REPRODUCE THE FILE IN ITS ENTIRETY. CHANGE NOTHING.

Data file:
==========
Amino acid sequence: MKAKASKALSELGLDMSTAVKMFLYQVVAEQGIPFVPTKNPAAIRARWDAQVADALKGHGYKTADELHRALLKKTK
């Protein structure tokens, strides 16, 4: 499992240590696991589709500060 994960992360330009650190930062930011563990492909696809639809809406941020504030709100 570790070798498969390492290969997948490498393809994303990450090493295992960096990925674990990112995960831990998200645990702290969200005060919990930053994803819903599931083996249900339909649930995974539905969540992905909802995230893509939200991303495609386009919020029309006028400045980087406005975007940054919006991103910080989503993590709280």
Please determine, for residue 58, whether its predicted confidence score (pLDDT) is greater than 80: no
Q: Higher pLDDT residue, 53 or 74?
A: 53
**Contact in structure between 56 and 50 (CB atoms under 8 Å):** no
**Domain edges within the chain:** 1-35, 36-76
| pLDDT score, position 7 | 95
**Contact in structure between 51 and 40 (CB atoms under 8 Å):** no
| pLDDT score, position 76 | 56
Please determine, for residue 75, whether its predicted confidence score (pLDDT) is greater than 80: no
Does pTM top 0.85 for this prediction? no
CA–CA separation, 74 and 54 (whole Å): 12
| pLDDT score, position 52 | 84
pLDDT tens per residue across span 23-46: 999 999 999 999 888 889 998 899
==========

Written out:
Amino acid sequence: MKAKASKALSELGLDMSTAVKMFLYQVVAEQGIPFVPTKNPAAIRARWDAQVADALKGHGYKTADELHRALLKKTK
């Protein structure tokens, strides 16, 4: 499992240590696991589709500060 994960992360330009650190930062930011563990492909696809639809809406941020504030709100 570790070798498969390492290969997948490498393809994303990450090493295992960096990925674990990112995960831990998200645990702290969200005060919990930053994803819903599931083996249900339909649930995974539905969540992905909802995230893509939200991303495609386009919020029309006028400045980087406005975007940054919006991103910080989503993590709280």
Please determine, for residue 58, whether its predicted confidence score (pLDDT) is greater than 80: no
Q: Higher pLDDT residue, 53 or 74?
A: 53
**Contact in structure between 56 and 50 (CB atoms under 8 Å):** no
**Domain edges within the chain:** 1-35, 36-76
| pLDDT score, position 7 | 95
**Contact in structure between 51 and 40 (CB atoms under 8 Å):** no
| pLDDT score, position 76 | 56
Please determine, for residue 75, whether its predicted confidence score (pLDDT) is greater than 80: no
Does pTM top 0.85 for this prediction? no
CA–CA separation, 74 and 54 (whole Å): 12
| pLDDT score, position 52 | 84
pLDDT tens per residue across span 23-46: 999 999 999 999 888 889 998 899